Closet editing should be a straight forward exercise and I’ve written several posts on how to attack the process. If you’re not in the habit of editing regularly, set aside about 5 hours to create six piles. Here is a summary of the pile sorting strategy, which involves lots of re-trying of clothes, footwear and accessories:

  • Pile 1 for items that stay in your wardrobe.
  • Pile 2 for items that require alteration.
  • Pile 3 is the holding zone.
  • Pile 4 for items of sentimental value (stuff that you don’t wear, but cannot part with either).
  • Pile 5 for items that aren’t great, but serve their purpose for activities like gardening, home improvements and camping.
  • Pile 6 for items to pass on.

Unless the item is for Pile 5, get rid of stuff that’s soiled, ill-fitting, unflattering against your complexion, uncomfortable, doesn’t make you feel fab, or just not part of the current leg of your style journey. Seems simple, right?

For some people this process is dead easy, because they have a clear sense of their style preferences and what looks best. They also understand how items should fit, and don’t have trouble letting go of things that have seen better days, or never worked in the first place.

For others, closet editing is an overwhelming, time consuming and lonely process filled with doubt, guilt and the battle to pass on items that don’t work. It can even lead to negative body image, spinning people into a downward spiral because clothing doesn’t fit the way it used to.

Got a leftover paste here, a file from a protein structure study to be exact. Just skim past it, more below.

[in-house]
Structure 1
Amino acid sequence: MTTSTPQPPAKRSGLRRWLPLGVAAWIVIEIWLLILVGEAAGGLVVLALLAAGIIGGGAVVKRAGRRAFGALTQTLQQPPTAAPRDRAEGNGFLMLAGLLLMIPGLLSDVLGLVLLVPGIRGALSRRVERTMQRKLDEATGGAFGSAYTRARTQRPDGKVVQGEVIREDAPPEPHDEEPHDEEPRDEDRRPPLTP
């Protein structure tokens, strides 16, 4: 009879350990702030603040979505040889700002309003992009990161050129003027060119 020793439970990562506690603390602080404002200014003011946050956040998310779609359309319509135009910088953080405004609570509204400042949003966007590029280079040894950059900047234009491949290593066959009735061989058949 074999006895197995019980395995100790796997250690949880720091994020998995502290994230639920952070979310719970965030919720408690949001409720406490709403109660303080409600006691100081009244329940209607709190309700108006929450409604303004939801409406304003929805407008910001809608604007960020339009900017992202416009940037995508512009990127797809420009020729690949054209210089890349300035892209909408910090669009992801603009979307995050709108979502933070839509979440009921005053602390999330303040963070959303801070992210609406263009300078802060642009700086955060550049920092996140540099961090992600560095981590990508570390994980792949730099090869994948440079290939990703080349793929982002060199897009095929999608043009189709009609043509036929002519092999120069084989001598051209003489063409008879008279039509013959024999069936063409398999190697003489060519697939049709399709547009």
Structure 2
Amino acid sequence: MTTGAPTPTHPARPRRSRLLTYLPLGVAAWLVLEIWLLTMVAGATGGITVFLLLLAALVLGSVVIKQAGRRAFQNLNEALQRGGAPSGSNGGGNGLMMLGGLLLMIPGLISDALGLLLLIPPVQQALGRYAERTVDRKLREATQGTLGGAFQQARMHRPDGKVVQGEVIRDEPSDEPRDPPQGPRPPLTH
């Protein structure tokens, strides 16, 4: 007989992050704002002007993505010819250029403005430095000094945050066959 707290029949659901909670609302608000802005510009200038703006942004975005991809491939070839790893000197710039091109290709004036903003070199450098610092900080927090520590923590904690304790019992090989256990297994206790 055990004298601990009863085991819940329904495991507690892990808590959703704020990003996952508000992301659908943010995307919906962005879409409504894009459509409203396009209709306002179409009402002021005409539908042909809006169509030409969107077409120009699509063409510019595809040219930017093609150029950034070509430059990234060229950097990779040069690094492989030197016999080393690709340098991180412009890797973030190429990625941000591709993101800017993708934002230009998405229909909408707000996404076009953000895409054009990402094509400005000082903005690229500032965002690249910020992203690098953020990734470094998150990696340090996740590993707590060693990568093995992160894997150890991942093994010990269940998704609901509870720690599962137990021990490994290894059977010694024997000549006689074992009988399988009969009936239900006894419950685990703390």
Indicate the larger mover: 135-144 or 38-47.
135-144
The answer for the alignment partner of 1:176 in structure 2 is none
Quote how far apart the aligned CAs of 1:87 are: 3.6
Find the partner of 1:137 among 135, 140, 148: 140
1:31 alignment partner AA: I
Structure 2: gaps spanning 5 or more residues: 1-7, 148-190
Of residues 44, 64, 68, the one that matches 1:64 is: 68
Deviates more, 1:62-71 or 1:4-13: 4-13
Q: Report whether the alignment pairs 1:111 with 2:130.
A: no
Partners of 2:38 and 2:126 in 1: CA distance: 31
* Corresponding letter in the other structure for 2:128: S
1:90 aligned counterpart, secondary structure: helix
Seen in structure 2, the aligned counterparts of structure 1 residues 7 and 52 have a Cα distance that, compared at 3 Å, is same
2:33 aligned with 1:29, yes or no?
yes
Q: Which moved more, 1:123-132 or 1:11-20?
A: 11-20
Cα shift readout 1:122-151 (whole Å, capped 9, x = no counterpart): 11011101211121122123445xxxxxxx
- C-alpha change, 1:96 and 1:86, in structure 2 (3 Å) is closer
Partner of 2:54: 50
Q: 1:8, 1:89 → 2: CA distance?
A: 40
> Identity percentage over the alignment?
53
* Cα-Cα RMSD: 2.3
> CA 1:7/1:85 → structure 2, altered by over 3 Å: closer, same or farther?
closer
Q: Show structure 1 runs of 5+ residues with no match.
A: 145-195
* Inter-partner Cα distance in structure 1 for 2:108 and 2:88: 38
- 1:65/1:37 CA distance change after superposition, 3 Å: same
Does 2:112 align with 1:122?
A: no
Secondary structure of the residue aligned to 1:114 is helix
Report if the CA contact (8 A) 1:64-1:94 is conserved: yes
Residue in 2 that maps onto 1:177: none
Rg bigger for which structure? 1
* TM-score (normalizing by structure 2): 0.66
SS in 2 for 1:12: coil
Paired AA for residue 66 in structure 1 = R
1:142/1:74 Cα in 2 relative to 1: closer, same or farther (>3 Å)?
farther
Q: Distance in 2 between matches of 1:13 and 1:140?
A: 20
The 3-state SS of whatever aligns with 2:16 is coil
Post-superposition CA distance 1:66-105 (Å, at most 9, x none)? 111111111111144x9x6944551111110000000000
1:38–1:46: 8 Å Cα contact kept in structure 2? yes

There are many potential sources of frustration. Perhaps you’re not sure how items should fit or you can’t tell when they are dated. What if you can’t tell when a colour looks fab or drab? What if, heaven forbid, you get rid of things that have stylish potential? What if everything just ends up in the holding zone and you are back to square one? How are you going to get through the editing process without feeling like giving up all together? How are you going to find the time to do it?

These frustrating feelings are completely understandable and it’s one of the reasons I have a job. But hiring a fashion stylist or wardrobe professional is not essential. You can edit your own closet even if it’s sometimes hard to make the right decisions. Here are some ideas to ease the process:

  1. Round up a savvy closet mate: It could be a friend, sibling, child, parent, or partner. Two pairs of hands and a sounding board are effective and efficient tools for this process. Discuss editing dilemmas and fit concerns along the way and keep up the positive body image talk. Boost and energize each other along the way.
  2. Post questions on a style forum: If pairing with a savvy closet mate is not an option, post your questions and concerns on a style forum, like the one we have here on YLF. The help of a supportive community can make the closet editing process pain free and fun.
  3. Tackle one closet section at a time: Setting aside the better half of a day to closet edit might not be an option. Divide the editing process into a few shorter sessions until you’ve finally worked through the lot.

Practice makes perfect. The more you closet edit, the easier and simpler this process becomes. I promise!

Spring often motivates us to clean-up and get organized. Have you recently edited your closet? What types of closet editing challenges do you face, if any, and how have you overcome them? Do you enjoy closet editing?